Agricultural Processing and Value AdditioN - Action Research:
Development of Tomato-based Products
SUGECO’s new food preservation and research project involves a crop common to Tanzania – Tomatoes! The project involves both researching and implementing age-old preservation techniques (that are both natural and environmentally friendly). Our current research? The development of tomato-based snacks and products (such as tomato sauce and fruit jerky)! We hope to develop marketable products that cater to the Tanzanian market and also have an extended shelf-life (without the addition of harmful preservatives). picture
Addressing Root Disease in Greenhouses
SUGECO is involved in constructing 8 meter by 30 meter greenhouses for a number of district councils. One of the challenges identified is that intensive production of tomatoes on the same ground may result in root disease issues over time that could lower plant yield and the economic viability of production. This is particularly true for tomatoes and cucumbers, two of the most widely grown greenhouse plants . There are a number of ways to address this problem including soil sterilization (chemical or steaming), improved plant root disease resistance (varietal selection, plant grafting), crop rotation or non-soil based production. As a potential solution, SUGECO is looking at non-soil based production and is testing and comparing results from the following multiple soil medium:
· Sand, rice husks, coconut fibres
· Sand, rice husks, coconut fibres and charcoal
· Sand, rice husks, coconut fibre, charcoal and manure
· Sand, rice husks, coconut fibres, manure and sand
This is an inexpensive practical research project, the results of which will have long-term implications on the success of growing crops under greenhouse conditions.
Another solution to combating root disease is plant grafting. Grafting joins one plant variety to another in order to gain the positive attributes of both. Grafting allows use of plants for rootstocks that are very disease resistant. Conversely, the top portion (scion) allows for use of tomato variety(s) that maximize selected fruit quality characteristics. Besides root disease resistance and more crop variety options, grafting has other benefits. It can produce a more vigorous, generative plant that can have higher yields and more tolerance to high temperatures (beneficial to address global warming issues).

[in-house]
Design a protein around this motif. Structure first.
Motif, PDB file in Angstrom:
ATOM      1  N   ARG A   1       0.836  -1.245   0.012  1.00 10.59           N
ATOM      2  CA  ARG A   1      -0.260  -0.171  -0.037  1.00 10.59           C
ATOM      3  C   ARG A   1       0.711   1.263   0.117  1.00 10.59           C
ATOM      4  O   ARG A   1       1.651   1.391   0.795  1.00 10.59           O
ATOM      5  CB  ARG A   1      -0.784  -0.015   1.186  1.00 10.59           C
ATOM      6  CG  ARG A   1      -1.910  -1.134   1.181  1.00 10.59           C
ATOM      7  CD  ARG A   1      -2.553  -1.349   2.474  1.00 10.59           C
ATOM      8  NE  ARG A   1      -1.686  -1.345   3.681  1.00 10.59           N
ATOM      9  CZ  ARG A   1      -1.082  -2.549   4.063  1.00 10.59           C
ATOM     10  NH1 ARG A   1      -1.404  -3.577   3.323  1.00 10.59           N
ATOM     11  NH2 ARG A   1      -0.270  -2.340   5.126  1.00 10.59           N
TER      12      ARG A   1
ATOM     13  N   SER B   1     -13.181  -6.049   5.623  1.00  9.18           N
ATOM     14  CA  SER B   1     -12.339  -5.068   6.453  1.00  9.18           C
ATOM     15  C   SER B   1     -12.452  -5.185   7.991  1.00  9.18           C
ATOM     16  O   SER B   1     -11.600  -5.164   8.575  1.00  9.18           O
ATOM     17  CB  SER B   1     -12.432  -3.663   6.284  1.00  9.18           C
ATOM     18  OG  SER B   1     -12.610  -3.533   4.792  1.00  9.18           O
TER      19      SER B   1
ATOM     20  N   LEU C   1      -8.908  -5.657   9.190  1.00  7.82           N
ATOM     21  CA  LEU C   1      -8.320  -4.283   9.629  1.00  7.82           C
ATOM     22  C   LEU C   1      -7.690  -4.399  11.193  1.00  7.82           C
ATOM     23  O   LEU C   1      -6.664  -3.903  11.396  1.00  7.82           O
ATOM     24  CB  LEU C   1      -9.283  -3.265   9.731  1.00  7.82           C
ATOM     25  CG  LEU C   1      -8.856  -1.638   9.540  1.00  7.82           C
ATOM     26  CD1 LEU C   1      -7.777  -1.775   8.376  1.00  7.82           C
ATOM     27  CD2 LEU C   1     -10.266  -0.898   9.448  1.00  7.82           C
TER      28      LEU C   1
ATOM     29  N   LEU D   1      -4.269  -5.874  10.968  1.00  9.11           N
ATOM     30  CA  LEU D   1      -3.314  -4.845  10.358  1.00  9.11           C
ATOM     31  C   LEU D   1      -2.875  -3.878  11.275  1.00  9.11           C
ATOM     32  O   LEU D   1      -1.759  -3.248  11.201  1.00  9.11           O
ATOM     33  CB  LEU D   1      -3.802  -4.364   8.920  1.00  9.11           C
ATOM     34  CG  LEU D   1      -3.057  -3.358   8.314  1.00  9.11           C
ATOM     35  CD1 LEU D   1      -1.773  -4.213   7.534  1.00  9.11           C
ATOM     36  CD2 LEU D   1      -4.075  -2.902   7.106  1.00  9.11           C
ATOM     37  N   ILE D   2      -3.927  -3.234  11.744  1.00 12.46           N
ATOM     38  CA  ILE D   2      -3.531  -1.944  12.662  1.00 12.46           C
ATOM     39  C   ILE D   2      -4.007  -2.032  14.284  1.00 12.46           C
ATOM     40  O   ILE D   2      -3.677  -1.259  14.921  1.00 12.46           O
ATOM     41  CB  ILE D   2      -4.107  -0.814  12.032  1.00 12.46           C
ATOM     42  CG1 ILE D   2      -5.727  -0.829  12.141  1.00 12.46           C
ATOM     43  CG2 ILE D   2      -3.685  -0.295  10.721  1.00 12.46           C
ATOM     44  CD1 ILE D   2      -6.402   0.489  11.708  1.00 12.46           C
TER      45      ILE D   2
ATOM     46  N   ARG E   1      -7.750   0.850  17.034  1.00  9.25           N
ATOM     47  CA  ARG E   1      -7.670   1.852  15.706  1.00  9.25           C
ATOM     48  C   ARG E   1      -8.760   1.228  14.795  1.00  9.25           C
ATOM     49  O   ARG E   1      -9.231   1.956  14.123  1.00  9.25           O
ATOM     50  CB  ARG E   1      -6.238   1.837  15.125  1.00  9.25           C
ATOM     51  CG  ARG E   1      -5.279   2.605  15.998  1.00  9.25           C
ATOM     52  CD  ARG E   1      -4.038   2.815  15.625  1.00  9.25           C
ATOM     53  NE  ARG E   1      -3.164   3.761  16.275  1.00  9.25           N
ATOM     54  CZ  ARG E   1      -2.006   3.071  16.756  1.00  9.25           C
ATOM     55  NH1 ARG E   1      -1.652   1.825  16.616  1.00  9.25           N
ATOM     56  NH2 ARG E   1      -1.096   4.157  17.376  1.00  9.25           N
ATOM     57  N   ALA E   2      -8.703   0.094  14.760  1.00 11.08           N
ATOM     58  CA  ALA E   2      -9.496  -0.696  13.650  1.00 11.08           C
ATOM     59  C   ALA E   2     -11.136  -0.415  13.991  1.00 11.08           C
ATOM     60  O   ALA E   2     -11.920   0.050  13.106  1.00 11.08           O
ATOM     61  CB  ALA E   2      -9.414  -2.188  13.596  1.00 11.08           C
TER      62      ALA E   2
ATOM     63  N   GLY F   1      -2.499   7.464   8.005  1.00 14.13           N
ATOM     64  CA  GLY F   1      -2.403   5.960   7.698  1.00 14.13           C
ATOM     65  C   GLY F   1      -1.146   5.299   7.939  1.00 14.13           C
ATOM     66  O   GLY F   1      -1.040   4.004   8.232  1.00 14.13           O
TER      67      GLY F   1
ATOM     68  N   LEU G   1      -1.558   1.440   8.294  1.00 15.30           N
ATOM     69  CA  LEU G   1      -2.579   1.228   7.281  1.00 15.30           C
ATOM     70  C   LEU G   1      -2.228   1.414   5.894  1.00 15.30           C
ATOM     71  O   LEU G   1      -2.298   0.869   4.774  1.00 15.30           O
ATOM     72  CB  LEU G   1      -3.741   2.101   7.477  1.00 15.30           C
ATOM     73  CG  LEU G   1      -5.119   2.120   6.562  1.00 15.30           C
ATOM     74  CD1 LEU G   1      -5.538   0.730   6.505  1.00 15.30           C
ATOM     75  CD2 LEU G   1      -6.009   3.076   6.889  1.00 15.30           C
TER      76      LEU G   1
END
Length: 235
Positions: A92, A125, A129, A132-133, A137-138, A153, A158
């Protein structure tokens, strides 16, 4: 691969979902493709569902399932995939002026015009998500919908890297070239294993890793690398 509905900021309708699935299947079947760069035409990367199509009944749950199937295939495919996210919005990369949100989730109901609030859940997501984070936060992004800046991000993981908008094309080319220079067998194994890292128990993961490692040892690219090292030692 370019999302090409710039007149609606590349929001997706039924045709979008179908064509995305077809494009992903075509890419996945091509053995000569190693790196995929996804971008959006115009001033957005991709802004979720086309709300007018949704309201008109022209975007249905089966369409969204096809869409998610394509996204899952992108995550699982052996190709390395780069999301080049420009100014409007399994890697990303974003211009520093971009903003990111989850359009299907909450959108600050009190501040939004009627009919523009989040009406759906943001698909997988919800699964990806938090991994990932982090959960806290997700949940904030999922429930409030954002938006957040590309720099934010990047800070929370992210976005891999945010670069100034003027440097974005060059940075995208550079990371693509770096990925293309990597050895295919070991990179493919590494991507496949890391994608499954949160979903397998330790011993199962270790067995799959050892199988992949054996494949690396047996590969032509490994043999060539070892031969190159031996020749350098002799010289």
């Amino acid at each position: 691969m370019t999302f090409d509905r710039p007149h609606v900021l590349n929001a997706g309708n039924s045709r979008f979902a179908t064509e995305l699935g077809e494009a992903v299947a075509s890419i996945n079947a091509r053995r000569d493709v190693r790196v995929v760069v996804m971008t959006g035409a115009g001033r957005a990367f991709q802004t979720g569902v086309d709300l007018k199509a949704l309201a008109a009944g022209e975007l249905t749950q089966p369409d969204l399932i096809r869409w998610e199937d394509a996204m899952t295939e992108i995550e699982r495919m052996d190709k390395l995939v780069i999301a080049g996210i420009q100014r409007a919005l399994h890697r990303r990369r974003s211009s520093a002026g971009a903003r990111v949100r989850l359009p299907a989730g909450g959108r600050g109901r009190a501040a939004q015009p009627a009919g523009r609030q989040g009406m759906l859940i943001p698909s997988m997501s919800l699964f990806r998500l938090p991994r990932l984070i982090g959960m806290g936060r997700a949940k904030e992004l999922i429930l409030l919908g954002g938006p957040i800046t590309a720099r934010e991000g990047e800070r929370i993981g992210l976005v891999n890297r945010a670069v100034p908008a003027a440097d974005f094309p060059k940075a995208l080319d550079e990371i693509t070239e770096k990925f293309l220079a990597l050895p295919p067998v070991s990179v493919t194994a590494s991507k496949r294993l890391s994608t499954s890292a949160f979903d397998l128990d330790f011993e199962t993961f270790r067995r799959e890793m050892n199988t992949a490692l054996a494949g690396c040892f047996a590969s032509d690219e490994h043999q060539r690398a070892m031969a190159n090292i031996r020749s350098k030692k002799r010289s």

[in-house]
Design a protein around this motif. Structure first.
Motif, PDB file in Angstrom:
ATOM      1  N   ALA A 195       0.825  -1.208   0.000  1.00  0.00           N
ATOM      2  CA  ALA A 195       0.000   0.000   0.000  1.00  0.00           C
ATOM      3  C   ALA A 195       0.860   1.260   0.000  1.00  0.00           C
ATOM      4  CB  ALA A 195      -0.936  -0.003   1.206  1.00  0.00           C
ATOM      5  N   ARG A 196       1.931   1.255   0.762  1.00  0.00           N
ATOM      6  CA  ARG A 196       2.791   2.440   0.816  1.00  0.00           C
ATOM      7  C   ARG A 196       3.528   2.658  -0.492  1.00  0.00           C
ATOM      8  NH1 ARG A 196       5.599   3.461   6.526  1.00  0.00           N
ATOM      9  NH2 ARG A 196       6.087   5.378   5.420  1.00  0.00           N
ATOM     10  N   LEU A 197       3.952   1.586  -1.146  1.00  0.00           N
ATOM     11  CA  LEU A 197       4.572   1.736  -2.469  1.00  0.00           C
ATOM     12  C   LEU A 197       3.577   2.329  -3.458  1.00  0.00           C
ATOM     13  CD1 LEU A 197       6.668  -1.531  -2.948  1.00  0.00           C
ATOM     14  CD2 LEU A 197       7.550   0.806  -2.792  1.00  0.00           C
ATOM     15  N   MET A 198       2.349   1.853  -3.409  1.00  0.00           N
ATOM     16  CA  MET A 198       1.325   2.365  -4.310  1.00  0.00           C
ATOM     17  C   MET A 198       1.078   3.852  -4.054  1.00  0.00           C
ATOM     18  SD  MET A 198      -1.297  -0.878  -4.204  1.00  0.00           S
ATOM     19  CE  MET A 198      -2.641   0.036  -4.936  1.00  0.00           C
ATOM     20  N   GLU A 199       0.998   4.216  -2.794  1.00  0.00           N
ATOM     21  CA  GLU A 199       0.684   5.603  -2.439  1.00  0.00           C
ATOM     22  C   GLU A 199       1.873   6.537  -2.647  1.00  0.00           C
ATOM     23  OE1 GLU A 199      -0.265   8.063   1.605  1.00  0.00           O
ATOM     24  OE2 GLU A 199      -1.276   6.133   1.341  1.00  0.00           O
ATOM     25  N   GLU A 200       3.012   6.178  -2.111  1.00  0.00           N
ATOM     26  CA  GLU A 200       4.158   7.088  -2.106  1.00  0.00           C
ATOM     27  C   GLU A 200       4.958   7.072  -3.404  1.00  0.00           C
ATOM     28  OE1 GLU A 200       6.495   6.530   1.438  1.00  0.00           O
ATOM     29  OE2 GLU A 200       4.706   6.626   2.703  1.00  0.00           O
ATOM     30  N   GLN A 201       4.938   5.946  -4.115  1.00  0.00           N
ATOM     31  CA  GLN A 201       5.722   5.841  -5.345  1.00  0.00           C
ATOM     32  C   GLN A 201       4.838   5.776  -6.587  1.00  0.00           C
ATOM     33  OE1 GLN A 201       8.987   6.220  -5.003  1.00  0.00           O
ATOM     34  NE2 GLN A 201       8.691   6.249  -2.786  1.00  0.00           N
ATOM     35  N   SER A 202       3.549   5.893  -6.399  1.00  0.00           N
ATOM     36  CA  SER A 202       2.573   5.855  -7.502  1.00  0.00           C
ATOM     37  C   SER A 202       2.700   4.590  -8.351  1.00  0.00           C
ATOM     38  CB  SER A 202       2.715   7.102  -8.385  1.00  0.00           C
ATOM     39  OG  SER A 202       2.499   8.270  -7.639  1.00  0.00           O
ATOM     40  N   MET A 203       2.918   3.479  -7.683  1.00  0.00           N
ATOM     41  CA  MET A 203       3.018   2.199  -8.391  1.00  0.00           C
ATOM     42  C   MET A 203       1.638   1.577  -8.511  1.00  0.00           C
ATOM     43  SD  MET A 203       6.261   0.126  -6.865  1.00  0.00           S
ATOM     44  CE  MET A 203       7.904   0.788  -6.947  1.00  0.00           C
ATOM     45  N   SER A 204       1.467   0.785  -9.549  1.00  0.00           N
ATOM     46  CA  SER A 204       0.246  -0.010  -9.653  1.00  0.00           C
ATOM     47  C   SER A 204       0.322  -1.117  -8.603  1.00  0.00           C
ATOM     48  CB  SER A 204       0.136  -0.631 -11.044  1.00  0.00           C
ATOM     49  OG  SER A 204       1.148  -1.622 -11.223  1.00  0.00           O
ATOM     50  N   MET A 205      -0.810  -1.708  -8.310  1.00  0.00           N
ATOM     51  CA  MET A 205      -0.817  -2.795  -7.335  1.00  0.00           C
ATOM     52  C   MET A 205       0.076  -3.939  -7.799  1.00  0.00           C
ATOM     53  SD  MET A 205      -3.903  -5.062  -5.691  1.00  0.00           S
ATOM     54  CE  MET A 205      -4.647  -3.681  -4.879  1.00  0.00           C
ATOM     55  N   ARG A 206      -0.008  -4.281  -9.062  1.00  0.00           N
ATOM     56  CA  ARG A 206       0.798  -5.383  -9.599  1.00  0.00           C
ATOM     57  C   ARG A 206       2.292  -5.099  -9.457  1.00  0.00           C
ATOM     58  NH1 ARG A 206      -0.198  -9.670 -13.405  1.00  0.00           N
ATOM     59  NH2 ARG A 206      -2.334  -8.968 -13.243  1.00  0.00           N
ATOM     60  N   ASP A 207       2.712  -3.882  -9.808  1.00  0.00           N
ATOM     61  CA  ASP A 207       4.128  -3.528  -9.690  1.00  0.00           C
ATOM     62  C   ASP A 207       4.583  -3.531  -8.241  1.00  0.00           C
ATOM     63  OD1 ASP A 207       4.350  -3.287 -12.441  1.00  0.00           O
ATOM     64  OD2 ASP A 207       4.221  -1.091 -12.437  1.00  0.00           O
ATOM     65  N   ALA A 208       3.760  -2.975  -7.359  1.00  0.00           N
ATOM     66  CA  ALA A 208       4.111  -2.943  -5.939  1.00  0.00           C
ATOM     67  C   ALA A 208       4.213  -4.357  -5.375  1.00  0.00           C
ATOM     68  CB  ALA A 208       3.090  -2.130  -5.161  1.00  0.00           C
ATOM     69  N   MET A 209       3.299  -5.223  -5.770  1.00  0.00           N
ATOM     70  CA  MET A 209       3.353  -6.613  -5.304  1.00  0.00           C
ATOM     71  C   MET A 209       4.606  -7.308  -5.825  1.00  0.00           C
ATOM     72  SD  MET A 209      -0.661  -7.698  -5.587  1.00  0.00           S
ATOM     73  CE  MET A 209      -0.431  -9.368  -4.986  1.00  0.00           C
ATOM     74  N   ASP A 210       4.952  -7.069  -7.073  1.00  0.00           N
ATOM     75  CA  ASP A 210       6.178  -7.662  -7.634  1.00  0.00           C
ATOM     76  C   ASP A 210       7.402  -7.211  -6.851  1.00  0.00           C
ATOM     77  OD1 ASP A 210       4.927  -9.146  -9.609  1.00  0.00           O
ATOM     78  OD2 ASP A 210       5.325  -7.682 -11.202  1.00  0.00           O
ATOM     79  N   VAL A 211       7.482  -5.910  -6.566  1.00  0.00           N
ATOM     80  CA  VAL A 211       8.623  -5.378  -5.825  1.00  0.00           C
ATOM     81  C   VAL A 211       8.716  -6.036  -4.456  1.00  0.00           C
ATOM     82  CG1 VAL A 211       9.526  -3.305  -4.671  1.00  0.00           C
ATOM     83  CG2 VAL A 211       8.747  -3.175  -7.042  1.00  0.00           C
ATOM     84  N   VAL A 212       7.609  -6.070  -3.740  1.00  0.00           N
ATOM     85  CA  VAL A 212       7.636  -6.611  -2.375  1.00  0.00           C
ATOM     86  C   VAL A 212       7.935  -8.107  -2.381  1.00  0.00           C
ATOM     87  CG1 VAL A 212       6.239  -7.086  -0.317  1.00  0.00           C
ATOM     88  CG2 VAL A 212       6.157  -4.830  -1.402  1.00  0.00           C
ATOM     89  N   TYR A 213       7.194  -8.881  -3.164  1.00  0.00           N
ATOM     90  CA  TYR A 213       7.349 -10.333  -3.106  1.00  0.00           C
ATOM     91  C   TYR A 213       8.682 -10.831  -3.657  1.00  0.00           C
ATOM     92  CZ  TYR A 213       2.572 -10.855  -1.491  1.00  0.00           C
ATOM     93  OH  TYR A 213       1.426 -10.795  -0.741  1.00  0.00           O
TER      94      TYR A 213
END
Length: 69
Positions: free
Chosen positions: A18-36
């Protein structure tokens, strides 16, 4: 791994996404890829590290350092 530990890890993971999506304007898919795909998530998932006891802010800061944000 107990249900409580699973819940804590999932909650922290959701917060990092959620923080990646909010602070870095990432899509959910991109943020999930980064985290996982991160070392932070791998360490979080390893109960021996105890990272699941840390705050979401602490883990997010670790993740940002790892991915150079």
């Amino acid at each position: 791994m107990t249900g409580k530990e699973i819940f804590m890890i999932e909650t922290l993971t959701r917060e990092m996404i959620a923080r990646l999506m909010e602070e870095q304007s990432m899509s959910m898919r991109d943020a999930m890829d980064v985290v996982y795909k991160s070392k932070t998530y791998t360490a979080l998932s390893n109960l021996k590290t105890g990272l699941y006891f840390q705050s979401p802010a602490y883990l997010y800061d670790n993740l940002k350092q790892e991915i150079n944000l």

Grafting of tomatoes requires some specialized skills and facilities. Two years ago, Sokoine University of Agriculture (SUA) completed a study demonstrating successful grafting techniques. This project included construction of a small facility to complete the grafting. SUGECO is presently exploring the possibility of collaborating with SUA on plant propagation which would see the renovation of the SUA facility, the training of SUGECO staff/members on plant propagation and the establishment of an incubation facility at SUGECO for training and the production of grafted plants for marketing to greenhouses throughout the country. It would also expose young farmers to this new greenhouse technology. SUGECO is well placed to undertake this action research because of its previous experience in grafting other non-tomato plants and fruit trees.
Research and Development of Nutritious OFSP Products
SUGECO has been working with entrepreneurs to chip and dry orange-fleshed sweet potatoes (OFSP) and mill and mix the product with various types of grains resulting in highly nutritious flour which is particularly beneficial for pregnant and lactating mothers and their babies as well as seniors. The flour is packaged and sold as pure OFSP or as a mixture of different grains including soybeans. The flour is also milled elsewhere in the country but on a small scale and its’ micronutrient benefits are largely unknown within the general population.
In the future, SUGECO expects to support young entrepreneurs in developing specific, value added OFSP products (using either flour or a puree) that are nutritious and that can be marketed to food vendors and other SMMEs in order to expand OFSP consumption. Some examples of these products could include OFSP chapatti, bread and other baked goods, juice and baby food. It is hoped that a small “backyard” factory can be established on the SUGECO site to develop the puree and test various recipes that would encourage greater OFSP consumption by the broader community.